Papa 'ele'ele is one of the most desirable cultivars. It has short, deep purple to green intemodes and beige nodes. Its leaf has a dark piko. The growth habit is prostrate.
Historian Samuel Kamakau mentions this cultivar: "The low-growing papa 'ele'ele and papa kea varieties of 'awa grow to be very handsome and decorative" ( 1976, 41). Kaaiakamanu and Akina reported that it resembles 'awa Mo' i, but "its segments are considerably shorter. . . and it grows wildly, its branches scattering here and there among the shrubs"
Papa 'ele'ele is sometimes called "the Queen's 'awa" or "Lu'ukia." It was the dominant cultivar found in an area of Waipi'o Valley that some valley residents call the "Queen's 'awa patch." The name Lu'ukia belonged to the wife of the ruler 'Olopana, and, according to tradition, she lived for a time in Waipi'o, perhaps in the 1300s (Cordy 2000, 141).
In addition, this 'awa is sometimes called "Alia 3." It has also been referred to as "Mo'i," but that is now thought to be incorrect. The variety we are now calling "Mo'i" is described earlier.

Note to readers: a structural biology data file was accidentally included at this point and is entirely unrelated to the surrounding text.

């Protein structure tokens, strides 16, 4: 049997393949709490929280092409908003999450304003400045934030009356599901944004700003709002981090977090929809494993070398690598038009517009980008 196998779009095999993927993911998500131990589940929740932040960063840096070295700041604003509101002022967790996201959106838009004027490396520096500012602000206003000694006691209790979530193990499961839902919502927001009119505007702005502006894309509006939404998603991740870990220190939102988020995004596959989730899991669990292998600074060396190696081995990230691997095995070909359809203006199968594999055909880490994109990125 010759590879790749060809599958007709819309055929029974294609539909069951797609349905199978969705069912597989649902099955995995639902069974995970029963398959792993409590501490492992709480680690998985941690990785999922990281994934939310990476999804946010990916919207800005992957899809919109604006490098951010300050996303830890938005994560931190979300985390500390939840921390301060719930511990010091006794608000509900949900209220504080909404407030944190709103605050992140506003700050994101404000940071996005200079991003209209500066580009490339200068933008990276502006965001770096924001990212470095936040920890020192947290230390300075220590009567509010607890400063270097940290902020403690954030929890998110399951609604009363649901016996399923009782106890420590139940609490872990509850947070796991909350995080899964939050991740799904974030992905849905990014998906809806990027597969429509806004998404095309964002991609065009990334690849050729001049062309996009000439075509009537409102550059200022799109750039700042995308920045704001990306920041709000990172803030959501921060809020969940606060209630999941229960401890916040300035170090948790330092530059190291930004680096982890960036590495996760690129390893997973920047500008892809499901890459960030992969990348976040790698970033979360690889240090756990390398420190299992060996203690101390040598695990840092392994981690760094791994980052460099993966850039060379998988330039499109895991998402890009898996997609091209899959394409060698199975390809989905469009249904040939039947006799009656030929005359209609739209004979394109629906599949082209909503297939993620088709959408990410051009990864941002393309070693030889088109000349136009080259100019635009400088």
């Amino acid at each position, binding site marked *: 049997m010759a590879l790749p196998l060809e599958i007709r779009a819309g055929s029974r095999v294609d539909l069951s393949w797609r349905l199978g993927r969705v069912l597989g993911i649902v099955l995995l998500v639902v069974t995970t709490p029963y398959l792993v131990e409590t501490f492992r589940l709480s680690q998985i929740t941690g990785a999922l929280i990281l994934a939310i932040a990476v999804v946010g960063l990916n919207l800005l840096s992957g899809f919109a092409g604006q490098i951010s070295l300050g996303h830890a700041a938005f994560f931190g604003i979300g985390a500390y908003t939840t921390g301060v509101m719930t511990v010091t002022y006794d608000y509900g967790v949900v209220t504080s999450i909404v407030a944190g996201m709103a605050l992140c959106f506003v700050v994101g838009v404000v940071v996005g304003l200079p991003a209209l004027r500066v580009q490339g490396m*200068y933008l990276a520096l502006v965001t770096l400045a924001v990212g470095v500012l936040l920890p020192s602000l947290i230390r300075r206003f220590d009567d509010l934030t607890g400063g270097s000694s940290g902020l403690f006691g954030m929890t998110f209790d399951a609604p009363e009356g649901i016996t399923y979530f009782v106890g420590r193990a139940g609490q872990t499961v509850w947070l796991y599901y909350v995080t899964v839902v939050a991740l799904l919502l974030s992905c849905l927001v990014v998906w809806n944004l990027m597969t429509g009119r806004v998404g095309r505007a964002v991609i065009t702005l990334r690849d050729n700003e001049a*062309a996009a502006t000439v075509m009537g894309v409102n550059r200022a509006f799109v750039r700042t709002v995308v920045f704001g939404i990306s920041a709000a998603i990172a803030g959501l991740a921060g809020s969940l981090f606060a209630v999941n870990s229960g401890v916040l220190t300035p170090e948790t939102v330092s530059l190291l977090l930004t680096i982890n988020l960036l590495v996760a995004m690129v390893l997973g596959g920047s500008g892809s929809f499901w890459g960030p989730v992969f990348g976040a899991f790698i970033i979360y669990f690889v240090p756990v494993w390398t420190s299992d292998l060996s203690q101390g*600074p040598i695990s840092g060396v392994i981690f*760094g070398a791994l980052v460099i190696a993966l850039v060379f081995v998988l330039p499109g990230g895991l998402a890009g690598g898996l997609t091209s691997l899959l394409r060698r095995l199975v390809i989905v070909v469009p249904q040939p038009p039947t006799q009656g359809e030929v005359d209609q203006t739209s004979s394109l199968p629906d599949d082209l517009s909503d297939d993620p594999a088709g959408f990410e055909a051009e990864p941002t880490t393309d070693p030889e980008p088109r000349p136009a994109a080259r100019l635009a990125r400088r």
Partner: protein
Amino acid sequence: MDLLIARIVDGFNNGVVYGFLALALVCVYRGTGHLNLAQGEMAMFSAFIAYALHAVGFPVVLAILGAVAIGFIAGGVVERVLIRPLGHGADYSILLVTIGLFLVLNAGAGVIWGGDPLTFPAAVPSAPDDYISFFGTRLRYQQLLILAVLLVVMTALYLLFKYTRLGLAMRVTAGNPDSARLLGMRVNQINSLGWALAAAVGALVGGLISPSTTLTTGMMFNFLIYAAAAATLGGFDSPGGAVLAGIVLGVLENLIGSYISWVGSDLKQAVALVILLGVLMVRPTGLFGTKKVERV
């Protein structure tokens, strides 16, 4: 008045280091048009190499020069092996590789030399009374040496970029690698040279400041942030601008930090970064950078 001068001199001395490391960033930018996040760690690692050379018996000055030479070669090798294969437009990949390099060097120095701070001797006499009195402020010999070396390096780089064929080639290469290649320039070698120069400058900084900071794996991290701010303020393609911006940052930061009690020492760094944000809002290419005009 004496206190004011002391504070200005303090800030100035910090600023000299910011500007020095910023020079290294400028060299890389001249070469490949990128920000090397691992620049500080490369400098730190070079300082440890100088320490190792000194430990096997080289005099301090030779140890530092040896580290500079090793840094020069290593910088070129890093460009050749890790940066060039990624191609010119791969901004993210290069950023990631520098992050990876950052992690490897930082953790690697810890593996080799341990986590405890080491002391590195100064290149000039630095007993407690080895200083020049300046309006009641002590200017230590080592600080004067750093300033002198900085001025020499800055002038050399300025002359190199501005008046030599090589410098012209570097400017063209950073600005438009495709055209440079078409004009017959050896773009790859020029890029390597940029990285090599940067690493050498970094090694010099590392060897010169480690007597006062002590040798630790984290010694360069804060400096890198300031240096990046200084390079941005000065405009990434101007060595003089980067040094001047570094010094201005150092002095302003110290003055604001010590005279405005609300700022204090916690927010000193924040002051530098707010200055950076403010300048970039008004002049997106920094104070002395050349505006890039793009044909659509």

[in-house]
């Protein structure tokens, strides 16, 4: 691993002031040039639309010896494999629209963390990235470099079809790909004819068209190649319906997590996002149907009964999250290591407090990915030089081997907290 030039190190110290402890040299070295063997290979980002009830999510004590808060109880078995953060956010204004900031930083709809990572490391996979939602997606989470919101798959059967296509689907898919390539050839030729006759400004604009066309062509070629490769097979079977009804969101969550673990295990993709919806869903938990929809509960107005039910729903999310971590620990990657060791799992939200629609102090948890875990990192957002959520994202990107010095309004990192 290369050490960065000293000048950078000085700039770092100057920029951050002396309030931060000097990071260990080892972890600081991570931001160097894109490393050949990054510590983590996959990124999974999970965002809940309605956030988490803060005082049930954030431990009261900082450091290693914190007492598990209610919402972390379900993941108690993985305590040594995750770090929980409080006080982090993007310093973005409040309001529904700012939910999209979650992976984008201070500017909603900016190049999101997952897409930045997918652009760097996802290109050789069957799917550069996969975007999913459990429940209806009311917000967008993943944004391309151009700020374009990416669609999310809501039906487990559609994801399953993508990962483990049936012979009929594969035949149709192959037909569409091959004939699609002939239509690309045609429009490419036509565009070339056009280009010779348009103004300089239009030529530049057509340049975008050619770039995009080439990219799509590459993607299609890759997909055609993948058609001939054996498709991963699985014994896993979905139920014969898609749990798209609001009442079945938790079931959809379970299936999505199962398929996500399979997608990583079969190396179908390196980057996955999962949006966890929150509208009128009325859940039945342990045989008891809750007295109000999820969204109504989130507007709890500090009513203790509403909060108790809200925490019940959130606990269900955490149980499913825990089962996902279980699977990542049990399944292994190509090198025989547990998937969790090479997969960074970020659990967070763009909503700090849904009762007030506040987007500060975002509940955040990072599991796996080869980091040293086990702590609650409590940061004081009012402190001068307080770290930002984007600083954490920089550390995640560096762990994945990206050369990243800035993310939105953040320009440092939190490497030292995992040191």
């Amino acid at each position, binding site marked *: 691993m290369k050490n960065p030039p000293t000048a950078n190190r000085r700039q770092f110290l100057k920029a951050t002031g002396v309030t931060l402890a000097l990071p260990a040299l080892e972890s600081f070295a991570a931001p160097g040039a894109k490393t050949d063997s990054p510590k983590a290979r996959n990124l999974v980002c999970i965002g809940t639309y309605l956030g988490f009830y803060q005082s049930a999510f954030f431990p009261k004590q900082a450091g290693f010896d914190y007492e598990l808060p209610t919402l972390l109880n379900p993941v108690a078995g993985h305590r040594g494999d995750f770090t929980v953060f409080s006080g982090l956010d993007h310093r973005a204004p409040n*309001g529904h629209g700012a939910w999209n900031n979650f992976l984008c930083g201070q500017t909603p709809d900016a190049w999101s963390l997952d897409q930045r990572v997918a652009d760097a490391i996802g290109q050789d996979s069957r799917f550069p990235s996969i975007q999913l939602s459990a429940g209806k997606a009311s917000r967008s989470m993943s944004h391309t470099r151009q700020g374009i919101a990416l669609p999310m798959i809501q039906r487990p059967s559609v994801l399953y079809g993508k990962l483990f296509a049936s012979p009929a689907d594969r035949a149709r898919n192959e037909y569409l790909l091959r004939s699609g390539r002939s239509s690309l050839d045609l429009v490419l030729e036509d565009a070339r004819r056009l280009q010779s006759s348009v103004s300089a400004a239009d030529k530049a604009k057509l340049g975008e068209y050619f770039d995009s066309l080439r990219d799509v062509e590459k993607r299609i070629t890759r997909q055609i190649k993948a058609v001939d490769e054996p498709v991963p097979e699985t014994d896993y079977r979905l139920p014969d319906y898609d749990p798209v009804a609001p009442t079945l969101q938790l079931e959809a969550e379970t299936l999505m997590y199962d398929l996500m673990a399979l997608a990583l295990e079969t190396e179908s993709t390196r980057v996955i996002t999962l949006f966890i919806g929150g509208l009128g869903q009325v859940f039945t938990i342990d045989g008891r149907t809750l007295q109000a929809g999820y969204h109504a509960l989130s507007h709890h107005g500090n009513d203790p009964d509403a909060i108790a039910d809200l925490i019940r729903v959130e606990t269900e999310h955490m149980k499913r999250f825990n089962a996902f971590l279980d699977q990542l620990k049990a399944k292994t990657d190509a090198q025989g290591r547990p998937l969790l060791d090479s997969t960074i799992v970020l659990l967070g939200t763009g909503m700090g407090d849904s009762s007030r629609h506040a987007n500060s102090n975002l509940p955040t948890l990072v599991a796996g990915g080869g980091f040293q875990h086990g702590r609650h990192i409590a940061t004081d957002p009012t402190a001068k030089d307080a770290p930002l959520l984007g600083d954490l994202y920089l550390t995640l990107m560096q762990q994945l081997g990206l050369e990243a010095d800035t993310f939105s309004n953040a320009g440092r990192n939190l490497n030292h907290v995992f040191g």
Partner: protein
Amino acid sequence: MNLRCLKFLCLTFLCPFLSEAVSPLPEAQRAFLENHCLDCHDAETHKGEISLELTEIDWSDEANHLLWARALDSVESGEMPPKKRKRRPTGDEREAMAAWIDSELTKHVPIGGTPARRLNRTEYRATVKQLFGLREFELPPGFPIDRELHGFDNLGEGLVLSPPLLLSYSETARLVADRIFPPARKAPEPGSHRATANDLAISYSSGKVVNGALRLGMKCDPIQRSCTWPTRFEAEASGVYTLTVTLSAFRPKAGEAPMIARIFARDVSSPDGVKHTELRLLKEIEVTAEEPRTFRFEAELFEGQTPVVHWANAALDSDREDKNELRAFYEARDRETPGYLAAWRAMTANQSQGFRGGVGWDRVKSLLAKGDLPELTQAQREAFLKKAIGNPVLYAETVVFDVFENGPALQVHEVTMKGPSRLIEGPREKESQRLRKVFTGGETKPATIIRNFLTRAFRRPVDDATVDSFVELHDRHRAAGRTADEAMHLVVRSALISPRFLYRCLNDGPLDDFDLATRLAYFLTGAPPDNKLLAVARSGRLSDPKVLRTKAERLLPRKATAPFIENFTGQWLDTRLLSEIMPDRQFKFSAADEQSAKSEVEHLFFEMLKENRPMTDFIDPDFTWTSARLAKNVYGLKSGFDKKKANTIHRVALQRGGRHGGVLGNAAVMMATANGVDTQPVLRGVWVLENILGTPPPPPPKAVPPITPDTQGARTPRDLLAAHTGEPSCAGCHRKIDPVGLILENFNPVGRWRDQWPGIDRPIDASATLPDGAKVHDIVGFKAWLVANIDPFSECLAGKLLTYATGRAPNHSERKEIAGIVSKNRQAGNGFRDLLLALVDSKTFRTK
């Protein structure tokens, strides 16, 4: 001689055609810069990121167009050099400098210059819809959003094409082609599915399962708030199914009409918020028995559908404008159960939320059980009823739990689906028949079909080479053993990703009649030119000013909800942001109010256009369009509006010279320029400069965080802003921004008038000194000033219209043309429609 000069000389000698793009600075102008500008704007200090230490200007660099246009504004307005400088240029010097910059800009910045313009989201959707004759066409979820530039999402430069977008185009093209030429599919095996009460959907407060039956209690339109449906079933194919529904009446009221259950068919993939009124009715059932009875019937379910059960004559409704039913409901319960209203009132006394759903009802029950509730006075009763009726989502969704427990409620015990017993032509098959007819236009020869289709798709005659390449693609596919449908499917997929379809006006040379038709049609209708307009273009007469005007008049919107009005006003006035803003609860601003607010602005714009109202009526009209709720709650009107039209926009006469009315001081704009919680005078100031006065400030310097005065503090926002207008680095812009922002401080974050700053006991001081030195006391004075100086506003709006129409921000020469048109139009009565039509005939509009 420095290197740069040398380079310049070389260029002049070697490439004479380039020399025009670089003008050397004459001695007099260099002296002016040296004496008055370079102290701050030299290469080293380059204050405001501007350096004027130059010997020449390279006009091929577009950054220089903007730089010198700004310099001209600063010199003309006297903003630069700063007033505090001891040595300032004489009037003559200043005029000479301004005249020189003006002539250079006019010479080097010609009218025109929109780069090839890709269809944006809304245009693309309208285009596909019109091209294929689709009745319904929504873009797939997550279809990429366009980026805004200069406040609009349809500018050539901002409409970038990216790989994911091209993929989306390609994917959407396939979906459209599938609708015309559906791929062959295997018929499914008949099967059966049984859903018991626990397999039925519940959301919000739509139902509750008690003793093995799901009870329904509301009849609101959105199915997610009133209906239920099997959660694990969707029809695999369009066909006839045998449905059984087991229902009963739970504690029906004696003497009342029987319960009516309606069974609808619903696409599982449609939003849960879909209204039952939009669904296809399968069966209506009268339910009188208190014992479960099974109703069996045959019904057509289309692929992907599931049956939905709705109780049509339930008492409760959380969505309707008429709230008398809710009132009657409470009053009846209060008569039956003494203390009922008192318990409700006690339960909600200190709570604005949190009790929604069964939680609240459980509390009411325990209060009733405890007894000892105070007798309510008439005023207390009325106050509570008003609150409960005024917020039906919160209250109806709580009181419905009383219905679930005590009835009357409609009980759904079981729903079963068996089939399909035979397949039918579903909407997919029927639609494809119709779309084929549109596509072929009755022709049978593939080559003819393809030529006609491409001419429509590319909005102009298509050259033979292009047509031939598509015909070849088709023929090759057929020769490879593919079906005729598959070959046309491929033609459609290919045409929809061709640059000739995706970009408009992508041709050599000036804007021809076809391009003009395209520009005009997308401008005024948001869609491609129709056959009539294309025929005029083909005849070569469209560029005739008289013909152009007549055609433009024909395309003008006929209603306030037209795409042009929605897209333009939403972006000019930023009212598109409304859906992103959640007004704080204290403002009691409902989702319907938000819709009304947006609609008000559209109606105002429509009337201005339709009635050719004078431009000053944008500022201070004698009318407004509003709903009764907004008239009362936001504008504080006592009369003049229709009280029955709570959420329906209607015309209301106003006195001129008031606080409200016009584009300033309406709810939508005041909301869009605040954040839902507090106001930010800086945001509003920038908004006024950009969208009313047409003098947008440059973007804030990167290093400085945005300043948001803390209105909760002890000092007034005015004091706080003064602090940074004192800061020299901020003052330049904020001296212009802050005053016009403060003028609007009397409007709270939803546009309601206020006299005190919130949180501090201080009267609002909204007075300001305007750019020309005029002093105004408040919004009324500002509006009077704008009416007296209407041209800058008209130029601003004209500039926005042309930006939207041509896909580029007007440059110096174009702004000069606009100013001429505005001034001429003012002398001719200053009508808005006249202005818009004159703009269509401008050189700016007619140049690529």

Chun's compilation of early medicinal lore lists Papa 'ele'ele among the varieties especially useful in treating urinary conditions (1994, 1:53-54).
This variety has been found growing wild in Waipi'o and Waimanu valleys on the island of Hawai'i, as well as in Kipahulu Valley on Maui.
Some Papa 'ele'ele plants have had very high kavalactone levels. The first sample of dried lateral roots in the chart below shows 20.8 percent total kavalactones, with kavain at 6.69 percent.
For the home garden, where space may be limited, consider this variety for the following advantages:
Reproduced with permission from
- low-growing and wind-resistant
- stout, sturdy stalks
- disease resistance
- it makes a great drink.
Views of an Ethnobotanical Treasure
Edited by Ed Johston and Helen Rogers
Association for Hawaiian 'Awa